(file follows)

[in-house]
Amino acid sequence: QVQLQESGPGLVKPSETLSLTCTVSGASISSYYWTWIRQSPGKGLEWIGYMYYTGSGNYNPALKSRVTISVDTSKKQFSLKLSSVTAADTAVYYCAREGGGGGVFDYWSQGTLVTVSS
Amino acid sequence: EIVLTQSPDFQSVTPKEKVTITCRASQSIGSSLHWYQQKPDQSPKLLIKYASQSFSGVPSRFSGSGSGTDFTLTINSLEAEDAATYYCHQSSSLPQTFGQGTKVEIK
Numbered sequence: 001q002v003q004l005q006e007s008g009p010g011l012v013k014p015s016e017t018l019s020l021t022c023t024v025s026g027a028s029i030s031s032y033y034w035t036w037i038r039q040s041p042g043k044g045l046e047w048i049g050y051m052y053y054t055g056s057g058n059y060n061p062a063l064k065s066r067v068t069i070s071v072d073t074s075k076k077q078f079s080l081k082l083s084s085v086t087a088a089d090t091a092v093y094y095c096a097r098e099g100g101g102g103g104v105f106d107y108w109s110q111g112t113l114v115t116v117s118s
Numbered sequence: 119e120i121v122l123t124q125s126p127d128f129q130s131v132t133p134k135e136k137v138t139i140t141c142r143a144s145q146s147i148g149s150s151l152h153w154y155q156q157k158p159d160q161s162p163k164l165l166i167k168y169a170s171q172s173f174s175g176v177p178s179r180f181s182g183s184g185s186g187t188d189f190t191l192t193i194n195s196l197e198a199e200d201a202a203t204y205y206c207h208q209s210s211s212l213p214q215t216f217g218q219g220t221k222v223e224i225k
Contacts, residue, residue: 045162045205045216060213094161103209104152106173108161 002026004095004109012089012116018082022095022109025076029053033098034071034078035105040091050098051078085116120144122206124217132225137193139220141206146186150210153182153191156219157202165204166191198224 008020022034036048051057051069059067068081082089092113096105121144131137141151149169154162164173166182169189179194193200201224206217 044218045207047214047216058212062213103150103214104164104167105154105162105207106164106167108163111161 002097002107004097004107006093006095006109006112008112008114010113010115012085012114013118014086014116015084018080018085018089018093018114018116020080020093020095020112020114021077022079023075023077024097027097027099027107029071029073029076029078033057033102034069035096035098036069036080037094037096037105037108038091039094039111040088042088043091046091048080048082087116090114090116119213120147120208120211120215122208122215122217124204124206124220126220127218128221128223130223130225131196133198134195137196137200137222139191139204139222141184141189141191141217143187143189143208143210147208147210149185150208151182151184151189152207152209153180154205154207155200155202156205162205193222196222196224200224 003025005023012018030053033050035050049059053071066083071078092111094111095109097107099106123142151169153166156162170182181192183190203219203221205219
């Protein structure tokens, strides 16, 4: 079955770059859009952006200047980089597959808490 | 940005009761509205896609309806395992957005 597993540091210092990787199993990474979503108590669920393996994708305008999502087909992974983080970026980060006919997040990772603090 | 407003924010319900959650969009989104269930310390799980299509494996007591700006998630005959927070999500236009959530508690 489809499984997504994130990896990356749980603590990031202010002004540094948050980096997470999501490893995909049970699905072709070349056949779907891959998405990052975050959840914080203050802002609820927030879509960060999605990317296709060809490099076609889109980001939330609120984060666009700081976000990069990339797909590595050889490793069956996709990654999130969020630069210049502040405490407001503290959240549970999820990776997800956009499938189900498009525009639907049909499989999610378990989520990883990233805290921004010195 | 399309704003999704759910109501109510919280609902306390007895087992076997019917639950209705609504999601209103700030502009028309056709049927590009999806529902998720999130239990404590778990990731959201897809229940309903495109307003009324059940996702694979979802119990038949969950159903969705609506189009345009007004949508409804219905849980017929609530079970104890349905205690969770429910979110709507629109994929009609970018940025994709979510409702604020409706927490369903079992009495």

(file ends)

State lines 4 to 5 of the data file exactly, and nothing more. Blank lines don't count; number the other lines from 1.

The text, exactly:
Numbered sequence: 001q002v003q004l005q006e007s008g009p010g011l012v013k014p015s016e017t018l019s020l021t022c023t024v025s026g027a028s029i030s031s032y033y034w035t036w037i038r039q040s041p042g043k044g045l046e047w048i049g050y051m052y053y054t055g056s057g058n059y060n061p062a063l064k065s066r067v068t069i070s071v072d073t074s075k076k077q078f079s080l081k082l083s084s085v086t087a088a089d090t091a092v093y094y095c096a097r098e099g100g101g102g103g104v105f106d107y108w109s110q111g112t113l114v115t116v117s118s
Numbered sequence: 119e120i121v122l123t124q125s126p127d128f129q130s131v132t133p134k135e136k137v138t139i140t141c142r143a144s145q146s147i148g149s150s151l152h153w154y155q156q157k158p159d160q161s162p163k164l165l166i167k168y169a170s171q172s173f174s175g176v177p178s179r180f181s182g183s184g185s186g187t188d189f190t191l192t193i194n195s196l197e198a199e200d201a202a203t204y205y206c207h208q209s210s211s212l213p214q215t216f217g218q219g220t221k222v223e224i225k